“Stories seen through a glass plate, 1916: Lewes remembers”
Lewes, East Sussex is not only a beautiful town but one that embraces its cultural heritage with real grace and ferocity. I spent the day walking around admiring the exhibition of 80 light boxes that have been placed in 65 windows throughout the town. The images vary from portraits of soldiers and their families, civilian life during the war and photographs of the thousands of men stationed in the town.
The exhibition showcases work by Benjamin Reeves, who is the grandfather of the present owner, Edward Reeves. The quaint studio in the heart of Lewes is believed to be the oldest continuously operated photographic studio in Europe. It houses over 150,000 glass plates and 200,000 digital and film files. It is a record of the daily life of Lewes as well as a potted history of commercial photographic practice.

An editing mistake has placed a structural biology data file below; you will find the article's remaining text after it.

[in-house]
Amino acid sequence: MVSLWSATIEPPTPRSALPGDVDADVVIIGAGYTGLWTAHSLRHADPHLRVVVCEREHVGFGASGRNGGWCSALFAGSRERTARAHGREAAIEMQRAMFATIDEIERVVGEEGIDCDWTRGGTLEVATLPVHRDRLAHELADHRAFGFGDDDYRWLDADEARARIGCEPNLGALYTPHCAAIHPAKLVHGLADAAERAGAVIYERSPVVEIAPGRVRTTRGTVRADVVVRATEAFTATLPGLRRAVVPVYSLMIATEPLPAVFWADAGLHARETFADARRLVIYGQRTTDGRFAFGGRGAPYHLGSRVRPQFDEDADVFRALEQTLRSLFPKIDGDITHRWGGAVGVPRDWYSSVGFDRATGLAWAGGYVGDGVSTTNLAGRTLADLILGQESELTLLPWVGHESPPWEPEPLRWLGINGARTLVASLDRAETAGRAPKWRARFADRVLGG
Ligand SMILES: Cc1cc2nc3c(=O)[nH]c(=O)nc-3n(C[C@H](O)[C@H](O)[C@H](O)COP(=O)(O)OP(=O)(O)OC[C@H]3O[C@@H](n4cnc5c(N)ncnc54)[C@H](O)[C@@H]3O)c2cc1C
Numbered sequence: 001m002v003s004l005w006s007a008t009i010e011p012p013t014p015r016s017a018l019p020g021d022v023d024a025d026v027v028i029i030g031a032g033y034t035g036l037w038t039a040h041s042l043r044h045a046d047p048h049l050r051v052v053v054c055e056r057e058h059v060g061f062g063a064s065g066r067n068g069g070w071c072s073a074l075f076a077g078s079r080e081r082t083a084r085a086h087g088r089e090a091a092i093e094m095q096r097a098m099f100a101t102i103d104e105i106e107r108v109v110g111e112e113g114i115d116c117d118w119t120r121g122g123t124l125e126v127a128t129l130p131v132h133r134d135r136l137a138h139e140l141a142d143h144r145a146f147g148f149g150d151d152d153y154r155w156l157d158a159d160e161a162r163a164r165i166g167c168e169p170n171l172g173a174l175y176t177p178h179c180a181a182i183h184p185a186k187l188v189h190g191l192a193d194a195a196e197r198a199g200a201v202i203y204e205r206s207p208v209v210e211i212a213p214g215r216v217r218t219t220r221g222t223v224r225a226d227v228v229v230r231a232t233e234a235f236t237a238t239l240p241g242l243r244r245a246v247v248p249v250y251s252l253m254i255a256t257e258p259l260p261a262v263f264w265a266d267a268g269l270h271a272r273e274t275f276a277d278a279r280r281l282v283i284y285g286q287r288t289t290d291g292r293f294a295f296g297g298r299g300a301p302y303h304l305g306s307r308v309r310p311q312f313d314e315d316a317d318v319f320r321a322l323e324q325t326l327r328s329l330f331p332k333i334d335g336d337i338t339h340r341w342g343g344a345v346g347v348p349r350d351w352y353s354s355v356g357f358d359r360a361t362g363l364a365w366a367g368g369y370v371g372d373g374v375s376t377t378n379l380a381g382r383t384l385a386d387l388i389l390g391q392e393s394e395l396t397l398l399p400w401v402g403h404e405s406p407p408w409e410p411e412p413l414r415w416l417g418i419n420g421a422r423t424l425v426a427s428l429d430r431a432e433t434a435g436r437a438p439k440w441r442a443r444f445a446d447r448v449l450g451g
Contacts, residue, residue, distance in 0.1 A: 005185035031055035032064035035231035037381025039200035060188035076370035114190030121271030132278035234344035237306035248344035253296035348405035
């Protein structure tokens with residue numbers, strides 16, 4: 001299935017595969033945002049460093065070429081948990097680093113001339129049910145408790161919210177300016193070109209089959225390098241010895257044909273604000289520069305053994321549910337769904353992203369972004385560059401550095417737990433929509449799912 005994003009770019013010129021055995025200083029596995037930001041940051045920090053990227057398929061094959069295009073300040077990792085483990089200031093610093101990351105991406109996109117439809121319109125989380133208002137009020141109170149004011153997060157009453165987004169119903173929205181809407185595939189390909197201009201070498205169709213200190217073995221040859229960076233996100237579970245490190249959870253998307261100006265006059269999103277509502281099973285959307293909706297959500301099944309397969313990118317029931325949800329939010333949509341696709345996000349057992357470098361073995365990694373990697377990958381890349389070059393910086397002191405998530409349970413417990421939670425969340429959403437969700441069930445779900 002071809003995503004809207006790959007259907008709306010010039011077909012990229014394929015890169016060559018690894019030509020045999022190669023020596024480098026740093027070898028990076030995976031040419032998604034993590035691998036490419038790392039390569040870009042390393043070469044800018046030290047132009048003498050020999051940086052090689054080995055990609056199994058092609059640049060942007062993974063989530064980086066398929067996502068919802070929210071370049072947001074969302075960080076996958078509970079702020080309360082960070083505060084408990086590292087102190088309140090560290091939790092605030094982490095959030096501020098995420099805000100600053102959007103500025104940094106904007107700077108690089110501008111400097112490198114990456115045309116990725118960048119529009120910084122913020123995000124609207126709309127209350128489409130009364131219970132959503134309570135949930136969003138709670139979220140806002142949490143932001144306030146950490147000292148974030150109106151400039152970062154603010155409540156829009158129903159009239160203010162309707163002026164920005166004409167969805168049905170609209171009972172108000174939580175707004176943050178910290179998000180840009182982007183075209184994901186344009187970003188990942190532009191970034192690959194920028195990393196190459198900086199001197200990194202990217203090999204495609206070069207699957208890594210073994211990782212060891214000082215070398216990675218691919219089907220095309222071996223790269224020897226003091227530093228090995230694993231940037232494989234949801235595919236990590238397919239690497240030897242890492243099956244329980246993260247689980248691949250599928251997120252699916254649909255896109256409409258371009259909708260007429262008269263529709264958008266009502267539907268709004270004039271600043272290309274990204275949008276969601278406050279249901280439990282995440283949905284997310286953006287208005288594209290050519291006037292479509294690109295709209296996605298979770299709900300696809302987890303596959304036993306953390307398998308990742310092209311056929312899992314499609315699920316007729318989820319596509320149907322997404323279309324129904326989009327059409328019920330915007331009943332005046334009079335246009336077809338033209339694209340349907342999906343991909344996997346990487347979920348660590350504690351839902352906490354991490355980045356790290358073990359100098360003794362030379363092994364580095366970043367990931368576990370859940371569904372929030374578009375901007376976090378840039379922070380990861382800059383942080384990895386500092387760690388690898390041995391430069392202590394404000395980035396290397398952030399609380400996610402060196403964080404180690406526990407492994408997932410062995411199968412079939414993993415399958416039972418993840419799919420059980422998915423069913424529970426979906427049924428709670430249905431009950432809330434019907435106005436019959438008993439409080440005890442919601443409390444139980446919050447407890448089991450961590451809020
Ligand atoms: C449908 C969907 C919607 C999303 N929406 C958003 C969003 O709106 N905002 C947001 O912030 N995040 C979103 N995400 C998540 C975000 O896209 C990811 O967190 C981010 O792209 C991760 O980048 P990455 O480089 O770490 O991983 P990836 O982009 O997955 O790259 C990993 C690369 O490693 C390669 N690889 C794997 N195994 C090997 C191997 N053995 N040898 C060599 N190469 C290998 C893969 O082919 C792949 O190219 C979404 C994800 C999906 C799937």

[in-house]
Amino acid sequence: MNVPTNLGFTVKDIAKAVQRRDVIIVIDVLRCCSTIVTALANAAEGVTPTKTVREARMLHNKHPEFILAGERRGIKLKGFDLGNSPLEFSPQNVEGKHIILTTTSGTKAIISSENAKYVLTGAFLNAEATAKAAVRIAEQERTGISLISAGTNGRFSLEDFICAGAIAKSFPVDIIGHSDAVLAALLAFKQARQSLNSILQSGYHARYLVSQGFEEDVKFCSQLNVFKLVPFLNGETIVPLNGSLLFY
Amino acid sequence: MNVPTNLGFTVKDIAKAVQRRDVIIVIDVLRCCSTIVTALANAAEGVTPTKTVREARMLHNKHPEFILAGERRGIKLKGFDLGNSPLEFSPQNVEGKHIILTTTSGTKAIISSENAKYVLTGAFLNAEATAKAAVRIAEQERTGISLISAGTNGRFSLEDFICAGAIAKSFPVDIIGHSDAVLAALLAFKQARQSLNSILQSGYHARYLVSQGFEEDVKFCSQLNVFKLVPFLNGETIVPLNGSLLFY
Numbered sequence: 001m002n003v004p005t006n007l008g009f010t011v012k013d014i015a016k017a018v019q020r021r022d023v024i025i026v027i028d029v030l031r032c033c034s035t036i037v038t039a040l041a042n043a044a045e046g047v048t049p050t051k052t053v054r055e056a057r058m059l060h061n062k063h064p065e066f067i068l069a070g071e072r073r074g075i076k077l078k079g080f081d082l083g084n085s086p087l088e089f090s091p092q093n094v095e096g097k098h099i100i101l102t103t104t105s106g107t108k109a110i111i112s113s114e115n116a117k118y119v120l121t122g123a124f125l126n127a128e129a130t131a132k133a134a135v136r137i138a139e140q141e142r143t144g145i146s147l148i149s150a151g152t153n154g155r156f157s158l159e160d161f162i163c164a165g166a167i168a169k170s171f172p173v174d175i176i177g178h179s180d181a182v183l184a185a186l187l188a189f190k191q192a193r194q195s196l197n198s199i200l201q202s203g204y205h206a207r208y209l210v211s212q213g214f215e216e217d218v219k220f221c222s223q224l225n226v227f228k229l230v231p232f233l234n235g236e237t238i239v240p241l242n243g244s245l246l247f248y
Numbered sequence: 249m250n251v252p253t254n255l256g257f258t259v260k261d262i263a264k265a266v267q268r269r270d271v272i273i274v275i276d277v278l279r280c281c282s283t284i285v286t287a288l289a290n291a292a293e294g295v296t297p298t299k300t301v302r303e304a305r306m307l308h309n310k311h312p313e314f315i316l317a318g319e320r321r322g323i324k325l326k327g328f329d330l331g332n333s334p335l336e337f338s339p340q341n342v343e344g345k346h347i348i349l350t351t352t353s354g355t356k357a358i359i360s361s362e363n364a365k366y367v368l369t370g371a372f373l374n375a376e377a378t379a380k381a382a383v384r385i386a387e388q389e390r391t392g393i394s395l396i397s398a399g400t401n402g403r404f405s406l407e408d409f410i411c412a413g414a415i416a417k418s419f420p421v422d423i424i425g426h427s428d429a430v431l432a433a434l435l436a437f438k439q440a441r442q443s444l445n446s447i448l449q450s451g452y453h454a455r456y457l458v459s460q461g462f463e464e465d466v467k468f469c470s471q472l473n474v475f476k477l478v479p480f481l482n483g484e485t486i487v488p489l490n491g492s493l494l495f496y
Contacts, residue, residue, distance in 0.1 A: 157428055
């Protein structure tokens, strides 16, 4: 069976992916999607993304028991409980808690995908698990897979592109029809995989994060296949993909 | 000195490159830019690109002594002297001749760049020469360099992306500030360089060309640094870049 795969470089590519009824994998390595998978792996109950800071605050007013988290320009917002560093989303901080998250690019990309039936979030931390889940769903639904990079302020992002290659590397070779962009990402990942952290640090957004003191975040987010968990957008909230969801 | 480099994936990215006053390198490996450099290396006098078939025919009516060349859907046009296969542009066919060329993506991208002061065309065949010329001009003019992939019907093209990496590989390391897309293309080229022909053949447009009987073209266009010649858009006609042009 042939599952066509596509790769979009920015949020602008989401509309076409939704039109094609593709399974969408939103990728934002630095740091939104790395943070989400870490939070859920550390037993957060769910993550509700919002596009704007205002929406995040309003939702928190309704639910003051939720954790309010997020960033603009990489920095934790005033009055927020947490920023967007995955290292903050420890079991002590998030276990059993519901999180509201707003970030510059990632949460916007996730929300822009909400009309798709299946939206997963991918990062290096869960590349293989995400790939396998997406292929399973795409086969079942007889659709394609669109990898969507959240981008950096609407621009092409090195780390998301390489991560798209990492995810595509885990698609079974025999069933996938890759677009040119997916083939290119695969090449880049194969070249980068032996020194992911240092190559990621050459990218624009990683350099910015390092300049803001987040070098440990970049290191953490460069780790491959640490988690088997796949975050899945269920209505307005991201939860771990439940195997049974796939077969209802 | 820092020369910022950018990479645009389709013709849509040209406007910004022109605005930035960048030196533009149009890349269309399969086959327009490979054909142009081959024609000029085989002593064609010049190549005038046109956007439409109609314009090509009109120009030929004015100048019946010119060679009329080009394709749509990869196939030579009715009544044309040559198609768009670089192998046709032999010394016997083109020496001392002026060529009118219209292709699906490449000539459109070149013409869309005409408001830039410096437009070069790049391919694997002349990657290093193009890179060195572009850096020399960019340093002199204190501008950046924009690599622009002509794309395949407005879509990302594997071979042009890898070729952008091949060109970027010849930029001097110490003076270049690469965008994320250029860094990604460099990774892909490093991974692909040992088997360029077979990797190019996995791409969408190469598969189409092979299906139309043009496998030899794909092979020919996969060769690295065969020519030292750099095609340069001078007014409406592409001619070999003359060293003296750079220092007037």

Volunteers have researched the stories behind the photographs, helped to construct the lightboxes and install them in various windows. The beauty for me was accidently finding a mini story in a shop next to the items they were selling. One minute I would be admiring a stunning piece of jewellery, and the next reading about a nurse in the war. It was unexpected and gave the whole exhibition a curious nature, not dissimilar to an historic treasure hunt around the town.
The exhibition will continue until the 20th November, I highly recommend a visit to this pretty historic town as a way of remembering the men and women who fought for us during the war. It is a fitting tribute. Lest we forget.